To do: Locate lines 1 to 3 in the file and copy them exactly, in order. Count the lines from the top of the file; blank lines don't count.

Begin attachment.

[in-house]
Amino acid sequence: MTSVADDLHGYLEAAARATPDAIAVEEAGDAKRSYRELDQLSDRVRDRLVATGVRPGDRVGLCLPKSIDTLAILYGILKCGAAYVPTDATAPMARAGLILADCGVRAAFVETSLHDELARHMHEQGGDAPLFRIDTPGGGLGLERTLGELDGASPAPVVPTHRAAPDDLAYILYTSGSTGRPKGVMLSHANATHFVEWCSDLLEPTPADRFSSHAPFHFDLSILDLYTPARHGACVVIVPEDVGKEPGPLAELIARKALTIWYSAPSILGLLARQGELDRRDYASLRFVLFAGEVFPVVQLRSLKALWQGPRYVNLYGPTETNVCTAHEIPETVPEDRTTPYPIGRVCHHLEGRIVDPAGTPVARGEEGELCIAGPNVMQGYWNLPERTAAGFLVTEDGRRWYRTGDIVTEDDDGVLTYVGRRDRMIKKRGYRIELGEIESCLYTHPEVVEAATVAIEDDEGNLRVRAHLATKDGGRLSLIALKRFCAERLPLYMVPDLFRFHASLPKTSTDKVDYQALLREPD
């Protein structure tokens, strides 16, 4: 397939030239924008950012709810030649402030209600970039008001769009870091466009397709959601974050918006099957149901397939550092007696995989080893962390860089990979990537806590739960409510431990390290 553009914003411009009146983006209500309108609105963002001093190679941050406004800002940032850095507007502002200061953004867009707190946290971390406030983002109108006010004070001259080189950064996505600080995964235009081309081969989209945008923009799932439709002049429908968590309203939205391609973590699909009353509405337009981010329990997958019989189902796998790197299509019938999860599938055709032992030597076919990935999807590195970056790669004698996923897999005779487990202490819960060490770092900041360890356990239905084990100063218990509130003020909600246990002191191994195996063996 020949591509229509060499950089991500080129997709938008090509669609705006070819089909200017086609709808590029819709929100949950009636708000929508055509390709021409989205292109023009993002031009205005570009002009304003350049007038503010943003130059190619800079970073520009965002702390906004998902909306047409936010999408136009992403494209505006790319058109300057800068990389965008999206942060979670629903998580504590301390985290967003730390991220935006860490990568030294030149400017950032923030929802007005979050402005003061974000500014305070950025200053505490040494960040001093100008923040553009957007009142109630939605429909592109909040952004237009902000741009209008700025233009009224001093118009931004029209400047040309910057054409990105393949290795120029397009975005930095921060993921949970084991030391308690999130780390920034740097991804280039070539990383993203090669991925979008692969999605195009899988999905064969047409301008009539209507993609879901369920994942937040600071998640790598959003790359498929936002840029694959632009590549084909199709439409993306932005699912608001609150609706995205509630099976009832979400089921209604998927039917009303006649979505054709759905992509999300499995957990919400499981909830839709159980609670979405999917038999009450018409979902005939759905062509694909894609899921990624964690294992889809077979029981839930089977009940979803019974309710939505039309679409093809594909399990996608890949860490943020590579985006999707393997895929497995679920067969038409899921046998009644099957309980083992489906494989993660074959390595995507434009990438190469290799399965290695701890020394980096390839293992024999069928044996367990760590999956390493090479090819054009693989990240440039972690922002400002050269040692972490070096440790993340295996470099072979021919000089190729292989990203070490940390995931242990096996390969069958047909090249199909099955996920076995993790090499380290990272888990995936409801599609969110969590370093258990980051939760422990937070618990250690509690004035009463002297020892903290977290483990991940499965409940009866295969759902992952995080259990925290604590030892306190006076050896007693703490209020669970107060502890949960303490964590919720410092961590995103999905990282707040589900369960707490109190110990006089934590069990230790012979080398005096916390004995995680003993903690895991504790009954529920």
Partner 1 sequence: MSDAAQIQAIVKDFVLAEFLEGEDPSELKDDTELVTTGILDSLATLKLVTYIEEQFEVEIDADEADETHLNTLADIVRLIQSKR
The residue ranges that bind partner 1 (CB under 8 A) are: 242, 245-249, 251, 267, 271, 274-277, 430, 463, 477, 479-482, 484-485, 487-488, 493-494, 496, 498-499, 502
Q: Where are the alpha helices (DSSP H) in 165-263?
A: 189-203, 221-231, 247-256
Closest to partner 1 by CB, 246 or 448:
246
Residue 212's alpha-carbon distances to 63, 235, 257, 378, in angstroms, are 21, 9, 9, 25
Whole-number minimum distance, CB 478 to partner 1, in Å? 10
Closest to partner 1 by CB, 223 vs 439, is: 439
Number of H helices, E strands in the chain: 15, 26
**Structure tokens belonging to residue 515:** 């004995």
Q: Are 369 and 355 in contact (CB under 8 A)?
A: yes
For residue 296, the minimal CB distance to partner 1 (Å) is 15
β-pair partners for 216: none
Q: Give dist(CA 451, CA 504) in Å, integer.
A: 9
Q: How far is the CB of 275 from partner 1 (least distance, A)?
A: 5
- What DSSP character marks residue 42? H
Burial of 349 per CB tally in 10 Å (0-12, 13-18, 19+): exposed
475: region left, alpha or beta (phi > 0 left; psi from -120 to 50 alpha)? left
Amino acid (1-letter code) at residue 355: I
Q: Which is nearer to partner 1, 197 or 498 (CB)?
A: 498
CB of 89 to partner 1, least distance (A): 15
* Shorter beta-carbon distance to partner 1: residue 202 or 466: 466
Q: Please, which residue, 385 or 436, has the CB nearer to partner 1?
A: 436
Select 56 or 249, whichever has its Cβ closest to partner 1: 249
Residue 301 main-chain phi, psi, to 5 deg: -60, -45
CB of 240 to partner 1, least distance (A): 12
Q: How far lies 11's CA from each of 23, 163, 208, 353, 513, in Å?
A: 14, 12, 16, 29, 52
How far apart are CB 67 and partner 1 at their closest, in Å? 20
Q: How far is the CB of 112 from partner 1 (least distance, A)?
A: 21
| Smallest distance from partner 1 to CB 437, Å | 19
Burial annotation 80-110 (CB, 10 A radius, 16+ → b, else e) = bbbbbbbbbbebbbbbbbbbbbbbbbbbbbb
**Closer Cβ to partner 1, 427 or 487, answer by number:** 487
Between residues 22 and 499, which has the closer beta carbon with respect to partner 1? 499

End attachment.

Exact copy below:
[in-house]
Amino acid sequence: MTSVADDLHGYLEAAARATPDAIAVEEAGDAKRSYRELDQLSDRVRDRLVATGVRPGDRVGLCLPKSIDTLAILYGILKCGAAYVPTDATAPMARAGLILADCGVRAAFVETSLHDELARHMHEQGGDAPLFRIDTPGGGLGLERTLGELDGASPAPVVPTHRAAPDDLAYILYTSGSTGRPKGVMLSHANATHFVEWCSDLLEPTPADRFSSHAPFHFDLSILDLYTPARHGACVVIVPEDVGKEPGPLAELIARKALTIWYSAPSILGLLARQGELDRRDYASLRFVLFAGEVFPVVQLRSLKALWQGPRYVNLYGPTETNVCTAHEIPETVPEDRTTPYPIGRVCHHLEGRIVDPAGTPVARGEEGELCIAGPNVMQGYWNLPERTAAGFLVTEDGRRWYRTGDIVTEDDDGVLTYVGRRDRMIKKRGYRIELGEIESCLYTHPEVVEAATVAIEDDEGNLRVRAHLATKDGGRLSLIALKRFCAERLPLYMVPDLFRFHASLPKTSTDKVDYQALLREPD
């Protein structure tokens, strides 16, 4: 397939030239924008950012709810030649402030209600970039008001769009870091466009397709959601974050918006099957149901397939550092007696995989080893962390860089990979990537806590739960409510431990390290 553009914003411009009146983006209500309108609105963002001093190679941050406004800002940032850095507007502002200061953004867009707190946290971390406030983002109108006010004070001259080189950064996505600080995964235009081309081969989209945008923009799932439709002049429908968590309203939205391609973590699909009353509405337009981010329990997958019989189902796998790197299509019938999860599938055709032992030597076919990935999807590195970056790669004698996923897999005779487990202490819960060490770092900041360890356990239905084990100063218990509130003020909600246990002191191994195996063996 020949591509229509060499950089991500080129997709938008090509669609705006070819089909200017086609709808590029819709929100949950009636708000929508055509390709021409989205292109023009993002031009205005570009002009304003350049007038503010943003130059190619800079970073520009965002702390906004998902909306047409936010999408136009992403494209505006790319058109300057800068990389965008999206942060979670629903998580504590301390985290967003730390991220935006860490990568030294030149400017950032923030929802007005979050402005003061974000500014305070950025200053505490040494960040001093100008923040553009957007009142109630939605429909592109909040952004237009902000741009209008700025233009009224001093118009931004029209400047040309910057054409990105393949290795120029397009975005930095921060993921949970084991030391308690999130780390920034740097991804280039070539990383993203090669991925979008692969999605195009899988999905064969047409301008009539209507993609879901369920994942937040600071998640790598959003790359498929936002840029694959632009590549084909199709439409993306932005699912608001609150609706995205509630099976009832979400089921209604998927039917009303006649979505054709759905992509999300499995957990919400499981909830839709159980609670979405999917038999009450018409979902005939759905062509694909894609899921990624964690294992889809077979029981839930089977009940979803019974309710939505039309679409093809594909399990996608890949860490943020590579985006999707393997895929497995679920067969038409899921046998009644099957309980083992489906494989993660074959390595995507434009990438190469290799399965290695701890020394980096390839293992024999069928044996367990760590999956390493090479090819054009693989990240440039972690922002400002050269040692972490070096440790993340295996470099072979021919000089190729292989990203070490940390995931242990096996390969069958047909090249199909099955996920076995993790090499380290990272888990995936409801599609969110969590370093258990980051939760422990937070618990250690509690004035009463002297020892903290977290483990991940499965409940009866295969759902992952995080259990925290604590030892306190006076050896007693703490209020669970107060502890949960303490964590919720410092961590995103999905990282707040589900369960707490109190110990006089934590069990230790012979080398005096916390004995995680003993903690895991504790009954529920």